Stanford and SLAC postdoctoral researcher Sean Andrews with an instrument used to spread
a thin layer of conductive polymers onto a transparent film with a matchbook-sized silicon blade.
The process, called “solution shearing,” was used to make patterned electrodes for a solar cell
and a sensor, and shows promise for scaling up for use in industry. (SLAC National Accelerator Laboratory)
(November 3, 2015) Stanford, SLAC Process Has Potential for Scaling Up to Manufacture Solar Cells, Displays and More
Scientists from Stanford University and the Department of Energy’s SLAC National Accelerator Laboratory have shown they can make flexible, transparent electrical conductors with record-high performance for use in solar cells, displays and other devices by spreading polymers on a clear surface with a tiny blade, like a knife spreading butter on toast.
The technique, reported Oct. 29 in the advance online edition of Proceedings of the National Academy of Sciences, has already been used to make patterned electrodes for touch sensors and organic solar cells, and with further development could be a tool for manufacturing transparent conductors on a large scale.
A close-up of the solution shearing apparatus. Transparent conductors made with the technique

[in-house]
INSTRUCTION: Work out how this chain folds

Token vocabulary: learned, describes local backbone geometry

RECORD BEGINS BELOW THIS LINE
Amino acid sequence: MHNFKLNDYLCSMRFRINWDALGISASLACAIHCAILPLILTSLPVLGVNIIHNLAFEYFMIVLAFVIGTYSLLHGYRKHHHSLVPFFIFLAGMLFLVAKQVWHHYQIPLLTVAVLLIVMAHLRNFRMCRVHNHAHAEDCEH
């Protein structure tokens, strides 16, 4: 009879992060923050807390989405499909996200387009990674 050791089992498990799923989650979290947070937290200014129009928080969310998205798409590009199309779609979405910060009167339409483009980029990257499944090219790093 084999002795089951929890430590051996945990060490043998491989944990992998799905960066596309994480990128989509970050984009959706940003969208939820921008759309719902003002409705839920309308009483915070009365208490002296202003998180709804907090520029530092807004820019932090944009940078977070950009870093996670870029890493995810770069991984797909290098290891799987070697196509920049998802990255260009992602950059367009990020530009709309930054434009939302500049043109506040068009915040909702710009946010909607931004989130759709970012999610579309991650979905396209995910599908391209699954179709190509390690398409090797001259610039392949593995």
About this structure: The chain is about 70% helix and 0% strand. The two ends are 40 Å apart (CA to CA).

had record-high electrical conductivity for this material, demonstrating that high performance can be
achieved just by controlling the way they are manufactured. (SLAC National Accelerator Laboratory)
“We were able to achieve record-high conductivity with a material people have known for years, just by tuning the coating process,” said Zhenan Bao, a Stanford professor and member of SIMES, the Stanford Institute for Materials and Energy Sciences at SLAC, who led the study. “That shows there’s a lot of room for achieving high performance through controlling the assembly and structure of materials at the molecular scale.”
Clear Conductors for Flexible Gadgets
Bao’s group developed this “solution shearing” technique in close collaboration with Michael Toney and Stefan Mannsfeld, staff scientists at SLAC’s Stanford Synchrotron Radiation Lightsource (SSRL), whose teams used X-rays to look at the structures and properties of the finished films.
Transparent conductors are used where it’s important to get light in or out of a device, such as in solar cells, electromagnetic shielding, antistatic layers and lighting displays. Today these conductors are mostly made with indium tin oxide, or ITO. But ITO is expensive to work with, and it isn’t compatible with the flexible displays being developed for a new generation of TV screens, computers and other electronics.